When Ronald Reagan announced his modern war on drugs, the idea that schools should aggressively police drug use became a focal point of his presidency.
That idea has blossomed into an education system that is so obsessed with stamping out the presence of drugs or any real conversation about them that it’s blocking young people from fully participating in school and laying the groundwork for future harms. We care for our children when we prioritize their health and well-being, but the drug war has warped our ability to provide the real support our children need.
Schools should be safe and caring environments, not vehicles of policing and stigmatization. Young people who show up to learn are often subject to invasive bag and locker searches or drug tests before they can participate in school activities — regardless of whether there’s any real suspicion they may be using drugs, much less any evidence to justify these violations of privacy. Drug education is failing in the U.S., as abstinence-only prevention approaches have left generations of young people unprepared to reduce their risk of harm if they do choose to use drugs. From elementary school to college and beyond, students who have been cited for using or selling drugs have been blocked from receiving financial aid and participating in student activities, which are crucial stepping stones to success for young people.
The drug war has its roots spreading throughout our lives, criminalizing our students and invading our places of learning and growth. It’s still spreading – and we can do something about it.
The Roots of the Drug War Go Everywhere
Disastrous Prevention Efforts
The “Just Say No” education campaign, Drug Abuse Resistance Education (D.A.R.E.), and other federally-funded drug education efforts of the past five decades have all preached abstinence-only and zero tolerance, which neither reduce the harms of drugs nor keep young people safer. These prevention programs make drug use out to be a matter of personal morality and responsibility, shaming people for youthful curiosity and experimentation and spreading fear and biased, inaccurate information. Unshockingly, moralistic, anti-drug programs like D.A.R.E. have not led to a “drug-free America” or even drug-free schools. Evidence clearly shows that they have been ineffective, unlike harm reduction-based education programs that have been proven to work, like DPA’s Safety First curriculum.
anti-drug programs like D.A.R.E. have not led to a “drug-free America” or even drug-free schools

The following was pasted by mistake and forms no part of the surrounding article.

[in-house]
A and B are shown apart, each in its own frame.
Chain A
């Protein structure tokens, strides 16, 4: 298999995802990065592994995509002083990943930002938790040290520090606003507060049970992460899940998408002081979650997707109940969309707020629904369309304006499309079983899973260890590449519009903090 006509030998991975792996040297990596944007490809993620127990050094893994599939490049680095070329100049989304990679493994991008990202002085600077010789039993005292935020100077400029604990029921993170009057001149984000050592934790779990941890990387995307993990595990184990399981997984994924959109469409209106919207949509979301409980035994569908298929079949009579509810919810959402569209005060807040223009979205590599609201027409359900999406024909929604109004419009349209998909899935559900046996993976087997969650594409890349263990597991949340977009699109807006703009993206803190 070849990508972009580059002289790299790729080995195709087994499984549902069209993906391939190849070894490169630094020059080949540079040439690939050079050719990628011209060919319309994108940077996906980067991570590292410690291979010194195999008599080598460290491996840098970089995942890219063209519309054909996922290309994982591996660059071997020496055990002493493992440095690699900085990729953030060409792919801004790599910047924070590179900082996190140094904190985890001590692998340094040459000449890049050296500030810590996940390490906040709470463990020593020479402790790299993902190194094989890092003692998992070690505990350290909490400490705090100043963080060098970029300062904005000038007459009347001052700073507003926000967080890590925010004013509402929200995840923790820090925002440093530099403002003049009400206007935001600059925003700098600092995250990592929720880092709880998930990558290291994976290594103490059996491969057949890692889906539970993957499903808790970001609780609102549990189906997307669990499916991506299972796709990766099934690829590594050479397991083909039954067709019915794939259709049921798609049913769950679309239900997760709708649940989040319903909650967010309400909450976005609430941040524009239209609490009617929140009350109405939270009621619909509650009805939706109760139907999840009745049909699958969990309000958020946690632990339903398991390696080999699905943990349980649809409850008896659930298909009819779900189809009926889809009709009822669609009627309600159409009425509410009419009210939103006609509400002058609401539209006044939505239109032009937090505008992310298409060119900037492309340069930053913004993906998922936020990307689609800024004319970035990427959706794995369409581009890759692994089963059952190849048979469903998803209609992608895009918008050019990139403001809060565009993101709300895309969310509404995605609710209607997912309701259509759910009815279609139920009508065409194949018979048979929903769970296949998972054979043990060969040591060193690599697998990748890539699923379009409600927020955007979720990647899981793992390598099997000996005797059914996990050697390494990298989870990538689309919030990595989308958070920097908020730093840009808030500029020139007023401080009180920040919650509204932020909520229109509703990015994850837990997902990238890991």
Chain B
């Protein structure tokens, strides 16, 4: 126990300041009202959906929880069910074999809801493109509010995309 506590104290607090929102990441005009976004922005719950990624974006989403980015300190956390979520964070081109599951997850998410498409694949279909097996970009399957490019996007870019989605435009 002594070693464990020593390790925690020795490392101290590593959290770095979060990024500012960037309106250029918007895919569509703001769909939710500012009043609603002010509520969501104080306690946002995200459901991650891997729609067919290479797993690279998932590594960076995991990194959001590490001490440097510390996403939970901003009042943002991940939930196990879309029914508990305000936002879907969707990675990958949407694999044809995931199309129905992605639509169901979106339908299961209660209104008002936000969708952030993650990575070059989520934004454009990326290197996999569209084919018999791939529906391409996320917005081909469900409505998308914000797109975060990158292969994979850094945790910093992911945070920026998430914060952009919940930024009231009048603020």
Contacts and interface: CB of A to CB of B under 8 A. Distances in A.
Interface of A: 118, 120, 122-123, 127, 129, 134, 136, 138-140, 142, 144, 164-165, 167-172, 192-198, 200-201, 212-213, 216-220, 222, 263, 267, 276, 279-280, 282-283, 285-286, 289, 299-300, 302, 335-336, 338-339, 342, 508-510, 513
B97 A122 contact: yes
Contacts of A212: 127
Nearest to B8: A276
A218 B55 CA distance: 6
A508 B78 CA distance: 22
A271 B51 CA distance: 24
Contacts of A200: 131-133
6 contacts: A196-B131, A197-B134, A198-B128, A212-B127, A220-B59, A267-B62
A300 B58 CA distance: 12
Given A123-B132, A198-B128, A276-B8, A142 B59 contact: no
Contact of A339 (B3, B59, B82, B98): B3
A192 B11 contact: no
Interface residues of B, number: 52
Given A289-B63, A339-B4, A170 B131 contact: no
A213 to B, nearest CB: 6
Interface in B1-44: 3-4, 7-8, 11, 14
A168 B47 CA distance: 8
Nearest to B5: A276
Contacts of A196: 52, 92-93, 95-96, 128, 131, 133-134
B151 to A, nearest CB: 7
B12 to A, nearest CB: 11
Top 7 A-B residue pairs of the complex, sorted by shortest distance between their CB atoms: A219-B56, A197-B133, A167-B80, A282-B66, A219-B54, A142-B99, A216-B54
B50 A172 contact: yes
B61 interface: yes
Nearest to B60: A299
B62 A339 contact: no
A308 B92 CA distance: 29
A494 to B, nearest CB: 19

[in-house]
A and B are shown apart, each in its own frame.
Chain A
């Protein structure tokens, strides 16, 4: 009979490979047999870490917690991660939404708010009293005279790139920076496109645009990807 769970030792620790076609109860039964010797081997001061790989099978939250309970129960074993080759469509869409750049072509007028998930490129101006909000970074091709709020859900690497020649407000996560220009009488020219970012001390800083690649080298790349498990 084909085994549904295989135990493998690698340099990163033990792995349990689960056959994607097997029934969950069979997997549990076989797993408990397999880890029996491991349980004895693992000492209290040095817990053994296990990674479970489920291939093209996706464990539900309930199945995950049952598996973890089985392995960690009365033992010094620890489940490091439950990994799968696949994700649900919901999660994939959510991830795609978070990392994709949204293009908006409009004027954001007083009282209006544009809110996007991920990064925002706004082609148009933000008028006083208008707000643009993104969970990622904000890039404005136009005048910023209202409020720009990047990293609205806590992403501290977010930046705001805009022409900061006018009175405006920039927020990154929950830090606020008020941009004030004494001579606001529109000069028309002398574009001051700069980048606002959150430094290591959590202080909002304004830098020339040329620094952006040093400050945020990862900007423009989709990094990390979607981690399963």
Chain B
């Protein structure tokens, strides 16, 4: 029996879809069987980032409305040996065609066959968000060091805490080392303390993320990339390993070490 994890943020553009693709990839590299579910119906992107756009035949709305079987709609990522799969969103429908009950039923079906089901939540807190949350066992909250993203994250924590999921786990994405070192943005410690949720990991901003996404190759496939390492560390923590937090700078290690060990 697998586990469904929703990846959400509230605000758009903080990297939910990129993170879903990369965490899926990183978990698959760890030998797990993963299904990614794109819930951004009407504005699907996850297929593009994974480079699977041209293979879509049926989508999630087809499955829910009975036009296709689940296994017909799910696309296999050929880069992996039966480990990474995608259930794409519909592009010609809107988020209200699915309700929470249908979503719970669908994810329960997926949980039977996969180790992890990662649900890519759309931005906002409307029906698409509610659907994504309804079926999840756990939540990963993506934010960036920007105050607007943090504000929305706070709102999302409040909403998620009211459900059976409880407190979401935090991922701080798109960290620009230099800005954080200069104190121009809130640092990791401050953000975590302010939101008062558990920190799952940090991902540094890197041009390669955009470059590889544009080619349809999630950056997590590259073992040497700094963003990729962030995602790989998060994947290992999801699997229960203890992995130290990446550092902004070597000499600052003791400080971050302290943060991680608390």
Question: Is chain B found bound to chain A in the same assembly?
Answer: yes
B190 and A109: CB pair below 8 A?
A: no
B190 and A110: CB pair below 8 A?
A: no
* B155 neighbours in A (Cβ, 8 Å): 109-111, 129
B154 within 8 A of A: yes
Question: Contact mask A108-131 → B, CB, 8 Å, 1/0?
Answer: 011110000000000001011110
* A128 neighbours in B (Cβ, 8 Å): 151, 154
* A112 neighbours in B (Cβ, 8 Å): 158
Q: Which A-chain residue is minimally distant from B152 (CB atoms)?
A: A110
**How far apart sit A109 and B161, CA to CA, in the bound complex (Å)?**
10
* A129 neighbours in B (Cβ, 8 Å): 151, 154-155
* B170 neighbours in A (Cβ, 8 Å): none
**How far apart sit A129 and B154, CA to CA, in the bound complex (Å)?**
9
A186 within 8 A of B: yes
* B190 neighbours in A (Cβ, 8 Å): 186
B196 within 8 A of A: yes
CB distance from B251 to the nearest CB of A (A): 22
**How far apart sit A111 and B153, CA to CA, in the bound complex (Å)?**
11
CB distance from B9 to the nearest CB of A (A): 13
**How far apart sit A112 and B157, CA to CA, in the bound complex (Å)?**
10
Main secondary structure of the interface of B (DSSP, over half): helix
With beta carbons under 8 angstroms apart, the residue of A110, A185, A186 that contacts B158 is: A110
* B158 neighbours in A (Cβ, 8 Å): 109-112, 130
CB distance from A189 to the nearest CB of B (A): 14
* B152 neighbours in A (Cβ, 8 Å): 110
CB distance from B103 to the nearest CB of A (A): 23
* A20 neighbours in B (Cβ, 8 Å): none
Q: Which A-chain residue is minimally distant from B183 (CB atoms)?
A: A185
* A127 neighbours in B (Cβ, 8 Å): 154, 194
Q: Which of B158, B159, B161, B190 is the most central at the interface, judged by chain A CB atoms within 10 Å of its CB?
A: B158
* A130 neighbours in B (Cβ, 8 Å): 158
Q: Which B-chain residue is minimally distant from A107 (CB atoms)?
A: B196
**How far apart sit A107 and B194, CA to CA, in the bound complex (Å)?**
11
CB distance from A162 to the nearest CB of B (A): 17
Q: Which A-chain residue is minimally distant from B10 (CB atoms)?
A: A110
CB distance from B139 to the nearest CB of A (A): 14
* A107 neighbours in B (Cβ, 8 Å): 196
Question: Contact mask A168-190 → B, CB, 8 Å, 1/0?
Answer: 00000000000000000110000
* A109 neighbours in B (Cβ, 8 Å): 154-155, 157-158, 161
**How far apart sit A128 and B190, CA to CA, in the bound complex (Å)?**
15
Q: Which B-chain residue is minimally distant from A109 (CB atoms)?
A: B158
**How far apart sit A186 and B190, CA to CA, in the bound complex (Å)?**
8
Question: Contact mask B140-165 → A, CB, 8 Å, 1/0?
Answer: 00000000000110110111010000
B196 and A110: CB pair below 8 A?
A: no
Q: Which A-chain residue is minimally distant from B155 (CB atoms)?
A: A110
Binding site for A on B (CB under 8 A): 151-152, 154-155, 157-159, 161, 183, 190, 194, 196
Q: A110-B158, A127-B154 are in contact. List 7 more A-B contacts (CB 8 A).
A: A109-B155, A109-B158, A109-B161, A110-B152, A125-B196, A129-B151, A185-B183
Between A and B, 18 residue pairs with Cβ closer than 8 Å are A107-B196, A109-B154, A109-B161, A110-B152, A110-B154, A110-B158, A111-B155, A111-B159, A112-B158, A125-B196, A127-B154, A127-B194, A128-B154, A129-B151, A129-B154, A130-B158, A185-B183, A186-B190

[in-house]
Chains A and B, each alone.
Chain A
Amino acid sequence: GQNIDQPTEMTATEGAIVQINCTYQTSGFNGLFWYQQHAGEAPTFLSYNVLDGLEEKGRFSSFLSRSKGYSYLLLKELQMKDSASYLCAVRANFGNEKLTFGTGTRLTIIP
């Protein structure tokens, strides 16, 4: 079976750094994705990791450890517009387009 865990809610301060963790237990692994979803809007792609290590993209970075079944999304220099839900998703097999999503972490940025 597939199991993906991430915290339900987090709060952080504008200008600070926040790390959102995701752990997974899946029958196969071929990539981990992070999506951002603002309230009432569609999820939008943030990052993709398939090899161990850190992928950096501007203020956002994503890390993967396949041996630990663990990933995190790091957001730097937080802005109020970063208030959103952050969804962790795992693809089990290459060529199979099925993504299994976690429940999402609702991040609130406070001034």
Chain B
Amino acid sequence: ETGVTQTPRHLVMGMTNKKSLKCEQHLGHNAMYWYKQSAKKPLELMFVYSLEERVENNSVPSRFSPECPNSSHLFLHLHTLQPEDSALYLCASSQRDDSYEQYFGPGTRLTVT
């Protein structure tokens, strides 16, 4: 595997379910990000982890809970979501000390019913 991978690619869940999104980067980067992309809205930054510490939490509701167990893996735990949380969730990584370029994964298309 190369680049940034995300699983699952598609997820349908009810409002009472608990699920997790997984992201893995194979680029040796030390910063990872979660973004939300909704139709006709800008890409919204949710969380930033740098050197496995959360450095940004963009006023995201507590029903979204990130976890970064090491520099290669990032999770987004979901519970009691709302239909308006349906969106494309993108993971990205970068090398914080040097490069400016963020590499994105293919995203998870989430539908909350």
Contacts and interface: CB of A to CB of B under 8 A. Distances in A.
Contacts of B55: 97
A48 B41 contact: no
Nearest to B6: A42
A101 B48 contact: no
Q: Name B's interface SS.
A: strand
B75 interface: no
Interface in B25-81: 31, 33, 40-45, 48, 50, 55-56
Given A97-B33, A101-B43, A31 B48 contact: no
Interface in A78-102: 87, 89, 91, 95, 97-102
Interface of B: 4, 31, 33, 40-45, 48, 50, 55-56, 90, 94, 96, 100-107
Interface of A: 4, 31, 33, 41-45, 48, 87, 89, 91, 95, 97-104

Beginning in the 1980s and 1990s, locker searches led by security officers and canines, increased suspensions and expulsions, and other means of keeping tabs on kids became the norm. Drug use is now the second-highest source of student referrals to police. And despite no evidence that police presence in schools improves safety or reduces drug use, the number of officers grows every year. Nationally, 10 million students are in schools that have law enforcement officers but no social workers. Scaring kids with severe punishments and expanding police presence break trust between students and the adults they should be able to turn to at school if they need help or resources. It drives the small percentage of students who actually do use substances problematically further into the shadows and actually prevents early intervention and meaningful help.
10 million students are in schools that have law enforcement officers but no social workers
Over one-third of school districts randomly drug test students, with some requiring tests for students as young as 11 years old, despite the fact that drug testing does not reduce drug use. Rigorous studies have not found any evidence that school drug testing programs deter students from drug use or reduce the harms associated with drugs. And, in fact, drug testing can actually exacerbate harms. In many schools, for instance, the consequence of a positive drug test is exclusion from school sports and extracurricular activities, the very activities likely to provide the structure and supervision that facilitates abstinence from drug use.
Tests for students as young as 11 years old
Harsh school discipline or contact with the criminal legal system can have lifelong consequences. Young people who have been policed and disciplined for their purported drug use are more likely to drop out of school. And from 1994 to 2020, there was a federal ban on Pell Grants, a subsidy the U.S. federal government provides for students who need it to pay for college, for incarcerated students. And many colleges require applicants to disclose past criminal histories, which stops potential students from even applying. Black, Indigenous, and Latinx students receive the highest percentages of federal financial aid and are also targeted by drug war enforcement at higher rates. Drug convictions have had a catastrophic impact, especially on the populations most in need of financial aid.